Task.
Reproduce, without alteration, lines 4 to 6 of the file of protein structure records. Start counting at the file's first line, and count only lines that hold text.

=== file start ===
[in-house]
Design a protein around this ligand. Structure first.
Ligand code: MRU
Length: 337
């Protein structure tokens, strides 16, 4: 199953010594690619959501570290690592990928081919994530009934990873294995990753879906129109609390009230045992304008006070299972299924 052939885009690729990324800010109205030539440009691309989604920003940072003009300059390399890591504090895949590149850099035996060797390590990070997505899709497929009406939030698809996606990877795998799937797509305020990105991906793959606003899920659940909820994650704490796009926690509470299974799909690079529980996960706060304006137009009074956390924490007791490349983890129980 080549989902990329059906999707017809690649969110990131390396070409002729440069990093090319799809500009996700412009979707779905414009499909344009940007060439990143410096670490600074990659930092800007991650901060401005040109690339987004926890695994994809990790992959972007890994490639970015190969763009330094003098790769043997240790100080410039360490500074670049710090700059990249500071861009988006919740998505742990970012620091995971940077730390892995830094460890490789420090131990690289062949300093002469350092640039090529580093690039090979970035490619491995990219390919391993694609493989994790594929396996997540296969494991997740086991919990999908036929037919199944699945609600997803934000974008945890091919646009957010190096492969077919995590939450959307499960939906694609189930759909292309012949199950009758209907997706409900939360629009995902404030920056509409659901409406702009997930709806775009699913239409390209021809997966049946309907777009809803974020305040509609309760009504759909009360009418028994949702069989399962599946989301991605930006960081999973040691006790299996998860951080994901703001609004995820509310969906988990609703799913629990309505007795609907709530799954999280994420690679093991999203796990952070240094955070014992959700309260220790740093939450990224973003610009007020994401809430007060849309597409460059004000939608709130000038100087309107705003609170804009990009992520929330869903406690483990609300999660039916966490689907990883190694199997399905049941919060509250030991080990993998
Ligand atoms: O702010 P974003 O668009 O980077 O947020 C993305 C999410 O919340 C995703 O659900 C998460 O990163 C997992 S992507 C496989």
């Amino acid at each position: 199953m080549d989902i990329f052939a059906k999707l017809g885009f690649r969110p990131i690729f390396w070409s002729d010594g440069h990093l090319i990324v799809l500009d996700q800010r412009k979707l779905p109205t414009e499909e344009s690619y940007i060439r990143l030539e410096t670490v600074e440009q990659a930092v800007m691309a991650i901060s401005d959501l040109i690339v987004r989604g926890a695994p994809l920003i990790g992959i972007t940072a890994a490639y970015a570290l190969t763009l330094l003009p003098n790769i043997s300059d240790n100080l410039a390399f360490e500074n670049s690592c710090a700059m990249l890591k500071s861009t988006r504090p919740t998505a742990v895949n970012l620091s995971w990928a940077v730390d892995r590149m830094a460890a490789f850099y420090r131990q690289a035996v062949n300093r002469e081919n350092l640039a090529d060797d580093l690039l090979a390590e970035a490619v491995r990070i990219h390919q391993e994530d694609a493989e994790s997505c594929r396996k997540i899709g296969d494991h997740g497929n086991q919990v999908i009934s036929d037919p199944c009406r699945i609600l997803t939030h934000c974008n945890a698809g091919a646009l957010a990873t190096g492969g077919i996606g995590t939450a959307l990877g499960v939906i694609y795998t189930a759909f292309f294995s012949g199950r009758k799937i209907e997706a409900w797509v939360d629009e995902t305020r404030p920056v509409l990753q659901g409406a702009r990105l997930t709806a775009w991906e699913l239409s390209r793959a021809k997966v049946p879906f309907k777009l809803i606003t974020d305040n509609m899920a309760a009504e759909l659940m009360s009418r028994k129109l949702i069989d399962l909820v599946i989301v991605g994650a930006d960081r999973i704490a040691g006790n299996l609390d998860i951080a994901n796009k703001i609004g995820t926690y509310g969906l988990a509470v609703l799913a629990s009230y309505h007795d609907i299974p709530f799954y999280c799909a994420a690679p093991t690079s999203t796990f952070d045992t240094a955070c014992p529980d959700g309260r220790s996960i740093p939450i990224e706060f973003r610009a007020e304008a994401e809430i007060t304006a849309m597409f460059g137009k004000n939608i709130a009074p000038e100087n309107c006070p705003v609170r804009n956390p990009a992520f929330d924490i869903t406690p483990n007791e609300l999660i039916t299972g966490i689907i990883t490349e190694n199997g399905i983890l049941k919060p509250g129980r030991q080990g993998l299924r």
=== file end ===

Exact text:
Length: 337
């Protein structure tokens, strides 16, 4: 199953010594690619959501570290690592990928081919994530009934990873294995990753879906129109609390009230045992304008006070299972299924 052939885009690729990324800010109205030539440009691309989604920003940072003009300059390399890591504090895949590149850099035996060797390590990070997505899709497929009406939030698809996606990877795998799937797509305020990105991906793959606003899920659940909820994650704490796009926690509470299974799909690079529980996960706060304006137009009074956390924490007791490349983890129980 080549989902990329059906999707017809690649969110990131390396070409002729440069990093090319799809500009996700412009979707779905414009499909344009940007060439990143410096670490600074990659930092800007991650901060401005040109690339987004926890695994994809990790992959972007890994490639970015190969763009330094003098790769043997240790100080410039360490500074670049710090700059990249500071861009988006919740998505742990970012620091995971940077730390892995830094460890490789420090131990690289062949300093002469350092640039090529580093690039090979970035490619491995990219390919391993694609493989994790594929396996997540296969494991997740086991919990999908036929037919199944699945609600997803934000974008945890091919646009957010190096492969077919995590939450959307499960939906694609189930759909292309012949199950009758209907997706409900939360629009995902404030920056509409659901409406702009997930709806775009699913239409390209021809997966049946309907777009809803974020305040509609309760009504759909009360009418028994949702069989399962599946989301991605930006960081999973040691006790299996998860951080994901703001609004995820509310969906988990609703799913629990309505007795609907709530799954999280994420690679093991999203796990952070240094955070014992959700309260220790740093939450990224973003610009007020994401809430007060849309597409460059004000939608709130000038100087309107705003609170804009990009992520929330869903406690483990609300999660039916966490689907990883190694199997399905049941919060509250030991080990993998
Ligand atoms: O702010 P974003 O668009 O980077 O947020 C993305 C999410 O919340 C995703 O659900 C998460 O990163 C997992 S992507 C496989």